On August 28, 2023, Impact Theory, LLC, a Los Angeles media and entertainment company, was charged by the Securities and Exchange Commission (SEC) for conducting an unregistered offering of crypto asset securities in the form of non-fungible tokens (NFTs). NFT stands for non-fungible token. It is a unique digital asset that represents ownership of a digital item like artwork, music, videos, etc. The SEC alleges that Impact Theory raised approximately $30 million from hundreds of investors, including investors across the United States.

According to the SEC’s order, Impact Theory offered and sold three tiers of NFTs called Founder’s Keys from October to December 2021. These tiers were labeled as “Legendary,” “Heroic,” and “Relentless.” Impact Theory marketed the purchase of these NFTs as an investment into the company, suggesting that investors would profit from their purchases if Impact Theory succeeded in its endeavors. The company emphasized its goal of becoming the next Disney and claimed that if successful, the Founder’s Key purchasers would experience significant value. The SEC determined that these NFTs were, in fact, investment contracts and therefore qualified as securities. As a result, Impact Theory violated federal securities laws by offering and selling these crypto asset securities to the public without proper registration or exemption.

Antonia Apps, the Director of the SEC’s New York Regional Office, stated that offerings of securities must be registered unless a valid exemption applies. By failing to register the offering, Impact Theory deprived investors of the protections provided by securities laws, including robust disclosures and other safeguards. It should be noted, however, that two commissioners dissented questioning if this case warranted an enforcement action since the typical remedy is a rescission offer, which the company already provided. Moreover, they believe the commission should have provided guidance on NFTs earlier and raised questions about categorizing NFTs, tailoring registration requirements, secondary market implications, destroying unique NFT art, and eliminating royalties.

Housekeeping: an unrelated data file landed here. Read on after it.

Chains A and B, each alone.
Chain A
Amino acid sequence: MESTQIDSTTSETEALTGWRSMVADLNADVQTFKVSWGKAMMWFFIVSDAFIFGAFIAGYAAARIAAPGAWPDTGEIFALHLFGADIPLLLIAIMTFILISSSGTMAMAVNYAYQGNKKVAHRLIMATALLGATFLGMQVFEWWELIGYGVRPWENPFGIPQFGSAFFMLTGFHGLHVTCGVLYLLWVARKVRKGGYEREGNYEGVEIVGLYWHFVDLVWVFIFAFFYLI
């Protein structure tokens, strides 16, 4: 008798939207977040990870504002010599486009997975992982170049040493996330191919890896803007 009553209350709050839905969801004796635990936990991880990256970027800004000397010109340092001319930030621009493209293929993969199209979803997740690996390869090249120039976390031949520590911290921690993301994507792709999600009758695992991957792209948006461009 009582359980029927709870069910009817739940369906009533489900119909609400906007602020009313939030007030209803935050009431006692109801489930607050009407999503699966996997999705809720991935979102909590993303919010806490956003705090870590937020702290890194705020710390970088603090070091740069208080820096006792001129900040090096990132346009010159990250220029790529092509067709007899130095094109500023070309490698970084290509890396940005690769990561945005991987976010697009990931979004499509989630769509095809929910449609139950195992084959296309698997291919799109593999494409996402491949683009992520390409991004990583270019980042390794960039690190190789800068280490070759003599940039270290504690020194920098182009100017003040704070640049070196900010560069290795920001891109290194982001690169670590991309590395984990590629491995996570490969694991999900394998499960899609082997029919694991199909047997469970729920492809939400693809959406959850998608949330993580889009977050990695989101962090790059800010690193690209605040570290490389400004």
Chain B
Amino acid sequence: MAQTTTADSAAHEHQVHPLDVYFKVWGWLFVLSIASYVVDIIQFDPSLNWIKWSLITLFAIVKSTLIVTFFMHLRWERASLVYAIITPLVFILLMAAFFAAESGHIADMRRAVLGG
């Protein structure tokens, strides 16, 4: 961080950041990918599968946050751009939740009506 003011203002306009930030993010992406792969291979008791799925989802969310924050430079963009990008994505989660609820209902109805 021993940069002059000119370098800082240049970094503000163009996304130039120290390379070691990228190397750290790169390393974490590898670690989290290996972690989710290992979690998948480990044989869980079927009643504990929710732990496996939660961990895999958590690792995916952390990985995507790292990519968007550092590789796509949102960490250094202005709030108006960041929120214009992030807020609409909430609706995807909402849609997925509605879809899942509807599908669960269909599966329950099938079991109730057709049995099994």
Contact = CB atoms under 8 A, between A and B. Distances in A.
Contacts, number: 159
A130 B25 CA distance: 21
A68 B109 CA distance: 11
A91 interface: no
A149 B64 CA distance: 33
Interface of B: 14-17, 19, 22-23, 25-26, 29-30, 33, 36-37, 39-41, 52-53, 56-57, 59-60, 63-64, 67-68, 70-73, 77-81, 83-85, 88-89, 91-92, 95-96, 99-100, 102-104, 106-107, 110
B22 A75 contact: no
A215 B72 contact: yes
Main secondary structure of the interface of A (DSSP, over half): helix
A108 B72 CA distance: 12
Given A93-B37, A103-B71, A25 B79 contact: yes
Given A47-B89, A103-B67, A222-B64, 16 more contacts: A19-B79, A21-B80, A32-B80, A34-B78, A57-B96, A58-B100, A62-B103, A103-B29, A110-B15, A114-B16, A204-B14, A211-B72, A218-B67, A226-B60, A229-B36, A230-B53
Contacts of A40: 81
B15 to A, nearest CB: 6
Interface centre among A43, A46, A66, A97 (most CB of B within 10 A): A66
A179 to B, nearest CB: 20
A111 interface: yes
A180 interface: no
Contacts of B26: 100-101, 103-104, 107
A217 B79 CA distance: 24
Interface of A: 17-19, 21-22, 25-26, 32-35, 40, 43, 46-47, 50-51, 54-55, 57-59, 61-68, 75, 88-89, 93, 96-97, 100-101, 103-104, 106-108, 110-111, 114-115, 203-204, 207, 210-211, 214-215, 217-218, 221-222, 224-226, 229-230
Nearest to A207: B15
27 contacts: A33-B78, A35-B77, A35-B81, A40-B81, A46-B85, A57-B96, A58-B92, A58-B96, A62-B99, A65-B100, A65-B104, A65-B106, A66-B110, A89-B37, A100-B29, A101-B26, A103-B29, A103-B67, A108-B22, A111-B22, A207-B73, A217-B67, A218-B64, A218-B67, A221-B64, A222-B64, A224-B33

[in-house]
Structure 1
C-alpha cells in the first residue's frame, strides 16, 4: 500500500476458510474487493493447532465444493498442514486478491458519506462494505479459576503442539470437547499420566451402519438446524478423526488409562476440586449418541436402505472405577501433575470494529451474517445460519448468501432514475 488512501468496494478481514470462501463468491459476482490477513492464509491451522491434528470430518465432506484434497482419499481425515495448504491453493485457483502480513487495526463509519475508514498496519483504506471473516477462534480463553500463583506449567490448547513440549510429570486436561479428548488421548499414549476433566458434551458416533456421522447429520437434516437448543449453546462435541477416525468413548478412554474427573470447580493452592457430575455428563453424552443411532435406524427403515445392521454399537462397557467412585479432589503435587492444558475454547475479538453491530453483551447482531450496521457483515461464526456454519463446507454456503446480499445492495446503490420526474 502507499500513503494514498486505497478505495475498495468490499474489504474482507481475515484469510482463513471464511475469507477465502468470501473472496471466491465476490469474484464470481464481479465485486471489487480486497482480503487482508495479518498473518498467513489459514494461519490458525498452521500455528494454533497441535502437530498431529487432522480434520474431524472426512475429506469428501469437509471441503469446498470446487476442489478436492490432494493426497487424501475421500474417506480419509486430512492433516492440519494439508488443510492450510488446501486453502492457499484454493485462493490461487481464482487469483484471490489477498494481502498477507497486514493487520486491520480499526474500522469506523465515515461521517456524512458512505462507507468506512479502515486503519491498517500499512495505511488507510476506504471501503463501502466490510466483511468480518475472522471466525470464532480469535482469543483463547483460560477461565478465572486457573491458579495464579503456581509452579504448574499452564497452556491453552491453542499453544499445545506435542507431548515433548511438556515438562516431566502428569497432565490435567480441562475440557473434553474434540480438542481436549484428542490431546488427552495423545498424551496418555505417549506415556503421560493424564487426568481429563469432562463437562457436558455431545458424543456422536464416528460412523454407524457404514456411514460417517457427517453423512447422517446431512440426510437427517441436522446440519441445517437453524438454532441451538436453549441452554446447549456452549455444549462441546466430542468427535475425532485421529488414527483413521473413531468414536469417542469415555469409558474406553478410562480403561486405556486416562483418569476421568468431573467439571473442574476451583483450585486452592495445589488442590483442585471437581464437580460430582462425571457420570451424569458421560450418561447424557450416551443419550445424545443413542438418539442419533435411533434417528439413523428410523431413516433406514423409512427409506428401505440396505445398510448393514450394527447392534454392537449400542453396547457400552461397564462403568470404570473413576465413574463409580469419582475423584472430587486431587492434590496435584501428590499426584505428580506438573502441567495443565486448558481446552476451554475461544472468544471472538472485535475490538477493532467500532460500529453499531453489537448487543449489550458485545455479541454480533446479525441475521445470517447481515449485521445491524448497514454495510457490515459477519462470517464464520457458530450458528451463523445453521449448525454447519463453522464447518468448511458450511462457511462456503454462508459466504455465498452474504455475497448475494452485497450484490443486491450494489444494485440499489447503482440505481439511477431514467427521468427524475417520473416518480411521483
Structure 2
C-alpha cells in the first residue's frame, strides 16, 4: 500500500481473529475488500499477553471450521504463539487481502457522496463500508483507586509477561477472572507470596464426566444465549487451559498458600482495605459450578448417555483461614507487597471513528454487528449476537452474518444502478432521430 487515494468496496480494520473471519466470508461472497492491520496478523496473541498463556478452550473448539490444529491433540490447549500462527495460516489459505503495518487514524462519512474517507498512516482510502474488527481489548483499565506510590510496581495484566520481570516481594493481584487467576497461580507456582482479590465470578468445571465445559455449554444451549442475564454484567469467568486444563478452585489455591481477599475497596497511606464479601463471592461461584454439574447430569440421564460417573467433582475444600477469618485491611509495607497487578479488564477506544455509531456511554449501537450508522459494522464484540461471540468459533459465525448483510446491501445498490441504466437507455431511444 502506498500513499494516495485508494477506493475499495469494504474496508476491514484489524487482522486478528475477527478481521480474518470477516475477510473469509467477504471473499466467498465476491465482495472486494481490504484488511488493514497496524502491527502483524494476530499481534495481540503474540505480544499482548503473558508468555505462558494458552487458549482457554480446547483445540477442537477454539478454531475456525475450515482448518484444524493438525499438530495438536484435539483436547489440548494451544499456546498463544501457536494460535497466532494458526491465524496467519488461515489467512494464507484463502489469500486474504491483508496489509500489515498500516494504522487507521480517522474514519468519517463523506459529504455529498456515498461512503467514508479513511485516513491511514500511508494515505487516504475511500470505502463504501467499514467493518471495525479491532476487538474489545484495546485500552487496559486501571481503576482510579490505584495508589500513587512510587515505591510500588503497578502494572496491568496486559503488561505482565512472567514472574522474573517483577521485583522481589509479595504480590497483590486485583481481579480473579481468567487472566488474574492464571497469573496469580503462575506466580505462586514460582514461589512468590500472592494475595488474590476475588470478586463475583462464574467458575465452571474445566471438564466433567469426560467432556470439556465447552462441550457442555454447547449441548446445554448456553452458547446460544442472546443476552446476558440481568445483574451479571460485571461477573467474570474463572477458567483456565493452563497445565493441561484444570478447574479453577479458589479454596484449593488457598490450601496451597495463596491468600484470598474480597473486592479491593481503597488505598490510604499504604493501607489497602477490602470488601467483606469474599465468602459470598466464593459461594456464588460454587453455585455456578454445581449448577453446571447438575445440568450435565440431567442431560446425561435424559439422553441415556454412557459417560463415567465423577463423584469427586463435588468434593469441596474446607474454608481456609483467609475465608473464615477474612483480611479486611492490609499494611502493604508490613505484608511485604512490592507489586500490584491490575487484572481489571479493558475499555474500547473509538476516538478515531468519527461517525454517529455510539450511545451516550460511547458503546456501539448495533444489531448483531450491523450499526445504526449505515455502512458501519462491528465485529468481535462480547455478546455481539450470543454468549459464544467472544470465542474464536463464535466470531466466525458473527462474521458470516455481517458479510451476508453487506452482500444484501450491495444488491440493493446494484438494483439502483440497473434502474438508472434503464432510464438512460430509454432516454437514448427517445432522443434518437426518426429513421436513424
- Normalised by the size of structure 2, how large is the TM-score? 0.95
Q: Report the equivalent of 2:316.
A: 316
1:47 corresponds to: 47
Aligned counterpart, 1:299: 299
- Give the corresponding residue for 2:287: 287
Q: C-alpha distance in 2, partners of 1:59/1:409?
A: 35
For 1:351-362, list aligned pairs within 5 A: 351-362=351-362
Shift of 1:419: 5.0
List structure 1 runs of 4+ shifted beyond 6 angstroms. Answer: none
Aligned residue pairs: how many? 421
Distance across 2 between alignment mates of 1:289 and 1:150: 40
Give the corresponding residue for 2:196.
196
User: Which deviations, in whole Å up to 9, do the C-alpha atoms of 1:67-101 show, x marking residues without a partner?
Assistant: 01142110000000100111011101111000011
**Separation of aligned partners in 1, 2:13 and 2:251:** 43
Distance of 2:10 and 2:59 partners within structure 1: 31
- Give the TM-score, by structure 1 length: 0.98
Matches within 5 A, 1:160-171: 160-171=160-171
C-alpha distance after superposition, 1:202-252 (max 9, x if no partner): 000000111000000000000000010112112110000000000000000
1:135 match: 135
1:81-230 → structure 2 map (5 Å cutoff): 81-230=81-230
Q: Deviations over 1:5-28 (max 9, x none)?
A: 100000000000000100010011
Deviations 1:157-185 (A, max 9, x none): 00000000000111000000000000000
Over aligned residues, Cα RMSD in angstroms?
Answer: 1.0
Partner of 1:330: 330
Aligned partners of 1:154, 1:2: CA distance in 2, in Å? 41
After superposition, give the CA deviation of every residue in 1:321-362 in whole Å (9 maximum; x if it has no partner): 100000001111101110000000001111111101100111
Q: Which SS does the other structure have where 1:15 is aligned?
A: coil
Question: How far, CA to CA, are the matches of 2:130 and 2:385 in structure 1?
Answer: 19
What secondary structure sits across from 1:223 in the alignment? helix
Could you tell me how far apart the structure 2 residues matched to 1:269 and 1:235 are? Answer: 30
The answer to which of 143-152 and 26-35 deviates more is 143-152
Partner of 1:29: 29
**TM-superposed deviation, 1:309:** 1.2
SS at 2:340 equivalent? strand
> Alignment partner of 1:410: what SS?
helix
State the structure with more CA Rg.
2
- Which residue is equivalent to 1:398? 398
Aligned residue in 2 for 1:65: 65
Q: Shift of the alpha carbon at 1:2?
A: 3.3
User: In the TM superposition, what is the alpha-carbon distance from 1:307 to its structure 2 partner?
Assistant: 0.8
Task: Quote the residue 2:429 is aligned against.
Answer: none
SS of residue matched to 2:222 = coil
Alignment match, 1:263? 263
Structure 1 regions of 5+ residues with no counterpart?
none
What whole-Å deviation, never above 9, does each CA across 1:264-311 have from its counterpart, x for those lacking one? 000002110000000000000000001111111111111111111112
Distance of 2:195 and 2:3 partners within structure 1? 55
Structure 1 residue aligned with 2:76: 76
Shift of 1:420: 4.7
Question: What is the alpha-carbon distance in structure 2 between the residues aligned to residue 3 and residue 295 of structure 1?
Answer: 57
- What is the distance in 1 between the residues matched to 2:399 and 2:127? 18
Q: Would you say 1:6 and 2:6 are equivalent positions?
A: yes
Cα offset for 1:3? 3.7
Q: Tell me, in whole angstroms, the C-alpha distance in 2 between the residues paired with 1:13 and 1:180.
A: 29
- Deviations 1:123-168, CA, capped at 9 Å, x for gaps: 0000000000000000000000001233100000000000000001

The dissenters believe the commission should provide specific guidance to NFT issuers on how to comply if it views past NFTs as securities and expressed concern that regulating NFTs under securities laws may not be the right framework and other approaches may be more appropriate to protect investors.

Without admitting or denying the SEC’s findings, Impact Theory has agreed to a cease-and-desist order. The order acknowledges that Impact Theory violated the registration provisions of the Securities Act of 1933 and requires the company to pay over $6.1 million in disgorgement, prejudgment interest, and a civil penalty. Additionally, a Fair Fund will be established to return the funds paid by injured investors to purchase the NFTs. A Fair Fund is a fund set up by the SEC to distribute money collected from enforcement actions to harmed investors. Impact Theory is also obligated to destroy all Founder’s Keys in its possession or control, publish notice of the order on its websites and social media channels, and waive any royalties it might receive from future secondary market transactions involving the Founder’s Keys.